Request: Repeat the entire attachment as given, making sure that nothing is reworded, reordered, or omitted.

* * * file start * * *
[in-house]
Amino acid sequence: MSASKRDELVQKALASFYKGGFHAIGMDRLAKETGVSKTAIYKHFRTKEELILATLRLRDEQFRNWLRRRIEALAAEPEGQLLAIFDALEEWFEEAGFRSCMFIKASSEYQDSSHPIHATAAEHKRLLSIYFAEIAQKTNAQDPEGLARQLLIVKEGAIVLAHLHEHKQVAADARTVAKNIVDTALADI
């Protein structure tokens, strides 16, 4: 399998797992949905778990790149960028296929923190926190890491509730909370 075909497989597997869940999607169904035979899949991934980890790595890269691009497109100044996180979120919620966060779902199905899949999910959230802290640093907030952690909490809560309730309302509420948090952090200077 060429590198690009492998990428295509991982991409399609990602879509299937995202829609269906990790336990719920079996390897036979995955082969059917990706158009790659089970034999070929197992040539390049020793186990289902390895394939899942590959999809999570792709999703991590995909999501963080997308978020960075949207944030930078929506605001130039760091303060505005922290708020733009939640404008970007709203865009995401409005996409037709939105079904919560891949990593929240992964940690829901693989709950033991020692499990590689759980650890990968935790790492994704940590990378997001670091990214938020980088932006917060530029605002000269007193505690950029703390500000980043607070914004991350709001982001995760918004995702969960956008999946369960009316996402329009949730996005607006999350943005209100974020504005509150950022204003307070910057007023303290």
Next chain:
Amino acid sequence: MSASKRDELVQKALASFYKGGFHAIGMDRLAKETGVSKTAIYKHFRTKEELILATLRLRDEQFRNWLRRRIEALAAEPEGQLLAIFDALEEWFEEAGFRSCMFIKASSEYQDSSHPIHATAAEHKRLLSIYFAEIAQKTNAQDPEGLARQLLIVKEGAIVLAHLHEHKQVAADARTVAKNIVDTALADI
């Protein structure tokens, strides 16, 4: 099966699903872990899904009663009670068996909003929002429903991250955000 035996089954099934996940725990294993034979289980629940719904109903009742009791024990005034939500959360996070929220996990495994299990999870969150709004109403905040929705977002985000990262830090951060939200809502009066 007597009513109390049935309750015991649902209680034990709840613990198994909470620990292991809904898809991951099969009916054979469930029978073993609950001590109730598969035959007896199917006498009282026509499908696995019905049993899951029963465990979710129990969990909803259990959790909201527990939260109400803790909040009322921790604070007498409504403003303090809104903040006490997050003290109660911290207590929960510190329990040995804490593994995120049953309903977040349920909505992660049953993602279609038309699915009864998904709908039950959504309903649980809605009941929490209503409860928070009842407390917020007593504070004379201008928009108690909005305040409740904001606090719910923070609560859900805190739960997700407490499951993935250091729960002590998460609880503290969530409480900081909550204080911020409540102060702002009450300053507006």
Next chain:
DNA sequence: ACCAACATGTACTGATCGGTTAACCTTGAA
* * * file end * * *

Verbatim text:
[in-house]
Amino acid sequence: MSASKRDELVQKALASFYKGGFHAIGMDRLAKETGVSKTAIYKHFRTKEELILATLRLRDEQFRNWLRRRIEALAAEPEGQLLAIFDALEEWFEEAGFRSCMFIKASSEYQDSSHPIHATAAEHKRLLSIYFAEIAQKTNAQDPEGLARQLLIVKEGAIVLAHLHEHKQVAADARTVAKNIVDTALADI
């Protein structure tokens, strides 16, 4: 399998797992949905778990790149960028296929923190926190890491509730909370 075909497989597997869940999607169904035979899949991934980890790595890269691009497109100044996180979120919620966060779902199905899949999910959230802290640093907030952690909490809560309730309302509420948090952090200077 060429590198690009492998990428295509991982991409399609990602879509299937995202829609269906990790336990719920079996390897036979995955082969059917990706158009790659089970034999070929197992040539390049020793186990289902390895394939899942590959999809999570792709999703991590995909999501963080997308978020960075949207944030930078929506605001130039760091303060505005922290708020733009939640404008970007709203865009995401409005996409037709939105079904919560891949990593929240992964940690829901693989709950033991020692499990590689759980650890990968935790790492994704940590990378997001670091990214938020980088932006917060530029605002000269007193505690950029703390500000980043607070914004991350709001982001995760918004995702969960956008999946369960009316996402329009949730996005607006999350943005209100974020504005509150950022204003307070910057007023303290």
Next chain:
Amino acid sequence: MSASKRDELVQKALASFYKGGFHAIGMDRLAKETGVSKTAIYKHFRTKEELILATLRLRDEQFRNWLRRRIEALAAEPEGQLLAIFDALEEWFEEAGFRSCMFIKASSEYQDSSHPIHATAAEHKRLLSIYFAEIAQKTNAQDPEGLARQLLIVKEGAIVLAHLHEHKQVAADARTVAKNIVDTALADI
């Protein structure tokens, strides 16, 4: 099966699903872990899904009663009670068996909003929002429903991250955000 035996089954099934996940725990294993034979289980629940719904109903009742009791024990005034939500959360996070929220996990495994299990999870969150709004109403905040929705977002985000990262830090951060939200809502009066 007597009513109390049935309750015991649902209680034990709840613990198994909470620990292991809904898809991951099969009916054979469930029978073993609950001590109730598969035959007896199917006498009282026509499908696995019905049993899951029963465990979710129990969990909803259990959790909201527990939260109400803790909040009322921790604070007498409504403003303090809104903040006490997050003290109660911290207590929960510190329990040995804490593994995120049953309903977040349920909505992660049953993602279609038309699915009864998904709908039950959504309903649980809605009941929490209503409860928070009842407390917020007593504070004379201008928009108690909005305040409740904001606090719910923070609560859900805190739960997700407490499951993935250091729960002590998460609880503290969530409480900081909550204080911020409540102060702002009450300053507006």
Next chain:
DNA sequence: ACCAACATGTACTGATCGGTTAACCTTGAA